Another report comes from the writings of German Captain Freiherr von Stein zu Lausnitz, who was ordered to conduct a survey of German colonies in what is now Cameroon in 1913. He heard stories of an enormous reptile alleged to live in the jungles that was "very much feared by the Negroes of certain parts of the territory of the Congo, the lower Ubangi, the Sangha, and the Ikelemba rivers".[3] He included a description of the beast in his official report. According to Willy Ley, "von Stein worded his report with utmost caution," knowing it might be seen as unbelievable.[5] Nonetheless, von Stein thought the tales were credible: trusted native guides had related the tales to him, and the stories were related to him by independent sources, yet featured many of the same details. Though von Stein's report was never formally published, portions were included in later works, including a 1959 book by Ley. Von Stein wrote:

The animal is said to be of a brownish-gray color with a smooth skin, its size is approximately that of an elephant; at least that of a hippopotamus. It is said to have a long and very flexible neck and only one tooth but a very long one; some say it is a horn. A few spoke about a long, muscular tail like that of an alligator. Canoes coming near it are said to be doomed; the animal is said to attack the vessels at once and to kill the crews but without eating the bodies. The creature is said to live in the caves that have been washed out by the river in the clay of its shores at sharp bends. It is said to climb the shores even at daytime in search of food; its diet is said to be entirely vegetable. This feature disagrees with a possible explanation as a myth. The preferred plant was shown to me, it is a kind of liana with large white blossoms, with a milky sap and applelike fruits. At the Ssombo River I was shown a path said to have been made by this animal in order to get at its food. The path was fresh and there were plants of the described type nearby. But since there were too many tracks of elephants, hippos, and other large mammals it was impossible to make out a particular spoor with any amount of certainty.[6]

1919-1920: Smithsonian Institution

A 32-man-strong expedition was sent out to Africa from the Smithsonian Institution in Washington D.C. between 1919 and 1920. The objective of this expedition was to secure additional specimens of plants and animals. Moving picture photographers from the Universal Film Manufacturing Company accompanied the expedition, in order to document the life of interior Africa. According to cryptozoologists Loren Coleman and Patrick Huyghe, authors of the Field Guide to Lake Monsters, "African guides found large, unexplained tracks along the bank of a river and later in a swamp the team heard mysterious roars, which had no resemblance with any known animal".[7] However, the expedition was to end in tragedy. During a train-ride through a flooded area where an entire tribe was said to have seen the dinosaur, the locomotive suddenly derailed and turned over. Four team members were crushed to death under the cars and another half dozen seriously injured. The expedition was documented in the H.L. Shantz papers.[8]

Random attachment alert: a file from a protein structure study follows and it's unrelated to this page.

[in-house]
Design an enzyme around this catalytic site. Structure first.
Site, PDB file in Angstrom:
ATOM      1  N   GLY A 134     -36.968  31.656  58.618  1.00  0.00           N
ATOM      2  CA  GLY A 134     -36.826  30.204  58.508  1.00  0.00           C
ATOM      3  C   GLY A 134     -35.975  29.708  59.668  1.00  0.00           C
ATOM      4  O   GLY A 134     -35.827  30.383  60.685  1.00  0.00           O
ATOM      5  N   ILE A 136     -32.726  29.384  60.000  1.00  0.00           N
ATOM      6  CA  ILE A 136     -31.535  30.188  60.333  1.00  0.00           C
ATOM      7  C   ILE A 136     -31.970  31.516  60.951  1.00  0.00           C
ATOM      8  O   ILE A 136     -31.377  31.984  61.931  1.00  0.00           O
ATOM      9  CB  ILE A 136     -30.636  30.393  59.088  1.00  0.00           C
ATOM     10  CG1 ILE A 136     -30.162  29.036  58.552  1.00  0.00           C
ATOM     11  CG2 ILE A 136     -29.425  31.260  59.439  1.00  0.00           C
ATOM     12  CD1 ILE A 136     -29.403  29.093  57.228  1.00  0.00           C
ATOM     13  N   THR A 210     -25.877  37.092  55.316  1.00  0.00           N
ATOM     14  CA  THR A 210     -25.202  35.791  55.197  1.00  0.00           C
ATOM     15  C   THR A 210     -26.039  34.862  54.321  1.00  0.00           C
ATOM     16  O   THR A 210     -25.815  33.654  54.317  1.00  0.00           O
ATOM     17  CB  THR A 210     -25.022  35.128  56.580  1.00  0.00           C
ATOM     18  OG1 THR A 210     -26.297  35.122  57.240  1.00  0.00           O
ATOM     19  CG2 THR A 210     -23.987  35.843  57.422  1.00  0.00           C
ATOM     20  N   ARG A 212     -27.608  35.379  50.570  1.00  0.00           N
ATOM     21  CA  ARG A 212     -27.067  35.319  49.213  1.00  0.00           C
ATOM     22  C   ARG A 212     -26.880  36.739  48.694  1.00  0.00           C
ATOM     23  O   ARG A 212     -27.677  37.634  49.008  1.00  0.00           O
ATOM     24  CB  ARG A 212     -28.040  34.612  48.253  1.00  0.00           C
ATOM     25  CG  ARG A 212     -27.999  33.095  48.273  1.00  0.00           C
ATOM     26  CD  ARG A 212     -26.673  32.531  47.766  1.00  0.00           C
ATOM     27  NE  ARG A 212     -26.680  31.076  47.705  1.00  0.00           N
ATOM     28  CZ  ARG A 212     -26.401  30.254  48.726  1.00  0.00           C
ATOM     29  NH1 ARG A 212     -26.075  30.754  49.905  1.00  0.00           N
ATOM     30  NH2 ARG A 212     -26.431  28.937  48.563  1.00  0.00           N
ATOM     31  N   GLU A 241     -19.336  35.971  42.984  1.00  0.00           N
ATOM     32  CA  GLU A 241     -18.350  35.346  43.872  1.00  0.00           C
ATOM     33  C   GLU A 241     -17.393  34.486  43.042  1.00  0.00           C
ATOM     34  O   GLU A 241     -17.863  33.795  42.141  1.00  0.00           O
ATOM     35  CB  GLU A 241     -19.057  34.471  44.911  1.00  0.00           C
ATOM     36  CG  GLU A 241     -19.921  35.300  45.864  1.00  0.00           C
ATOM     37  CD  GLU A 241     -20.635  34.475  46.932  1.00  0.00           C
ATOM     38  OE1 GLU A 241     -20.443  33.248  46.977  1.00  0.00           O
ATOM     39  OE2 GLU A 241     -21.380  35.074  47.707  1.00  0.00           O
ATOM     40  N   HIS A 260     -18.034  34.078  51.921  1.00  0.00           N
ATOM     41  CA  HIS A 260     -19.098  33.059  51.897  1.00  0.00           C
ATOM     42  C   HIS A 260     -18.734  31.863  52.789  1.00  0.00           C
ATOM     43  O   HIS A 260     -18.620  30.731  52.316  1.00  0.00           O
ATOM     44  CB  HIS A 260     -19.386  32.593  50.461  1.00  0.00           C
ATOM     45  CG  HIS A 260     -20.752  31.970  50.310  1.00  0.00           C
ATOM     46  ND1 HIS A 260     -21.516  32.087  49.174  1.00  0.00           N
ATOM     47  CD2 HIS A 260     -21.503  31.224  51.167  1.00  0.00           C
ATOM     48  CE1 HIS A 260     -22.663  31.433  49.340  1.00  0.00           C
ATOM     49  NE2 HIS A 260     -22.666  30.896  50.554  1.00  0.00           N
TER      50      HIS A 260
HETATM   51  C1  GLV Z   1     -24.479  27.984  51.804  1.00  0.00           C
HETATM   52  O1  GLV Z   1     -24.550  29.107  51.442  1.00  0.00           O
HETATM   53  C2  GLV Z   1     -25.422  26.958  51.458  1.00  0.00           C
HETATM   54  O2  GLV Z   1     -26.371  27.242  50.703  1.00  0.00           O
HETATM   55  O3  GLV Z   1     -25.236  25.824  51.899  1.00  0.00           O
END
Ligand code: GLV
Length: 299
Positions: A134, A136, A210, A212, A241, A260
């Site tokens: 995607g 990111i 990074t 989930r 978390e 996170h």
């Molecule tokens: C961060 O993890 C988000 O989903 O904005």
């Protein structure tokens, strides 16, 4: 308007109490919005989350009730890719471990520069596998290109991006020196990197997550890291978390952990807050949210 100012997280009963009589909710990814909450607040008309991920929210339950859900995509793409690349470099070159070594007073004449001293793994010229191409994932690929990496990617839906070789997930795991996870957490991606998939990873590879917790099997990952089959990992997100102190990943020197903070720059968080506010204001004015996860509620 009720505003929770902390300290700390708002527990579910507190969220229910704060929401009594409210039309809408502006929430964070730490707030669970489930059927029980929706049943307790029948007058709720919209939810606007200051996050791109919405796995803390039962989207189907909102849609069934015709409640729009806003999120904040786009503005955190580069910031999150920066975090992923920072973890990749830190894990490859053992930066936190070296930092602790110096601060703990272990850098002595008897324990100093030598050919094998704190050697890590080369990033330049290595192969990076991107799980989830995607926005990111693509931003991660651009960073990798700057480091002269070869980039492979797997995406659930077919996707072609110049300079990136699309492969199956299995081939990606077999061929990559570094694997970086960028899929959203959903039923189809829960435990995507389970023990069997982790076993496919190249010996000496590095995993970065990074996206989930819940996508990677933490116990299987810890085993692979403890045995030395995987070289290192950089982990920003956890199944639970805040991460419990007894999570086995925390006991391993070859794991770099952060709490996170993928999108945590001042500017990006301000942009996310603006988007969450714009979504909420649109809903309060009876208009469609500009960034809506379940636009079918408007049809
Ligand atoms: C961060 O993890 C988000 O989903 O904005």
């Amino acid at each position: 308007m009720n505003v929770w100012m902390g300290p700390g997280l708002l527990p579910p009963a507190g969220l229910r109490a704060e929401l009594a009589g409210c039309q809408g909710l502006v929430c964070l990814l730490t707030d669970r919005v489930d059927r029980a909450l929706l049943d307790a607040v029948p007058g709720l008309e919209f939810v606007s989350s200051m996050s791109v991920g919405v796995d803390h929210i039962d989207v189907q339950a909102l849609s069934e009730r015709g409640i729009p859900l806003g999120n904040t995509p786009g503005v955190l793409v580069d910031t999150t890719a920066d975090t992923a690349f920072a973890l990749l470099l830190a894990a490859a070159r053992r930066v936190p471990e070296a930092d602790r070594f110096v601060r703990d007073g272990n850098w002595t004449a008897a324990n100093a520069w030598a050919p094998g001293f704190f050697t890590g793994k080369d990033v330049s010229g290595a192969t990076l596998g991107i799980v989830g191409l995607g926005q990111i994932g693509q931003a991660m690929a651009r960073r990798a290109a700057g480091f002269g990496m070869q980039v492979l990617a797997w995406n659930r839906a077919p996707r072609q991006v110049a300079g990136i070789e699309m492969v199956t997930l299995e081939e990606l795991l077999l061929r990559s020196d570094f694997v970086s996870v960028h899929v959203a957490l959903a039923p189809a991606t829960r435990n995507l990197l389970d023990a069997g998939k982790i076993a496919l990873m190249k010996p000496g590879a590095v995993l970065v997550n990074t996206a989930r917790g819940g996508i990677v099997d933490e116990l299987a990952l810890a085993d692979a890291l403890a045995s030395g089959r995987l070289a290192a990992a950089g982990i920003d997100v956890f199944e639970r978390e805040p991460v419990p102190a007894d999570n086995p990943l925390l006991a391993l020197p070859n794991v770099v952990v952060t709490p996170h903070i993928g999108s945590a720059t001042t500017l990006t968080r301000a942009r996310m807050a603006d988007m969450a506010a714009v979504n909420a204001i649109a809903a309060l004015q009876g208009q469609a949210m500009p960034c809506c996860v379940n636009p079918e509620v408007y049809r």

1927: Smith

A similar creature was reported in the Trader Horn, the memoir of Alfred Aloysius Smith, who had worked for a British trading company in what is now Gabon in the late 1800s. In the book, Smith related tales told him by natives and explorers about a creature given two different names: "jago-nini" and "amali". The creature was said to be very large, according to Smith, and to leave large, round, three-clawed footprints.[4]

1932: Sanderson

Zoologist Ivan T. Sanderson claimed that, while in Cameroon in 1932, he witnessed an enormous creature in the Mainyu River. The creature, seemingly badly wounded, was only briefly visible as it lurched into the water. Darkly colored, the animal's head alone was nearly the size of a hippo, according to Sanderson. His native guides termed the creature "m'koo m'bemboo", in Sanderson's phonetic spelling.[4]

1938: von Boxberger

In 1938, explorer Leo von Boxberger mounted an expedition in part to investigate Mokèlé-mbèmbé reports. He collected much information from natives, but his notes and sketches had to be abandoned during a conflagration with local tribesmen.[4]

1939: von Nolde

In 1939, the German Colonial Gazette (of Angola) published a letter by Frau Ilse von Nolde, who asserted that she had heard of the animal called "coye ya menia" ("water lion") from many claimed eyewitnesses, both natives and settlers. She described the long necked creature as living in the rivers, and being about the size of a hippo, if not somewhat larger. It was known especially for attacking hippos - even coming on to land to do so - though it never ate them.[9]

1966: Ridel

In August or September 1966, Yvan Ridel took a picture of a large footprint with three toes, north-east of Loubomo, notable as hippopotami have four toes (see photo).[10]

1976: Powell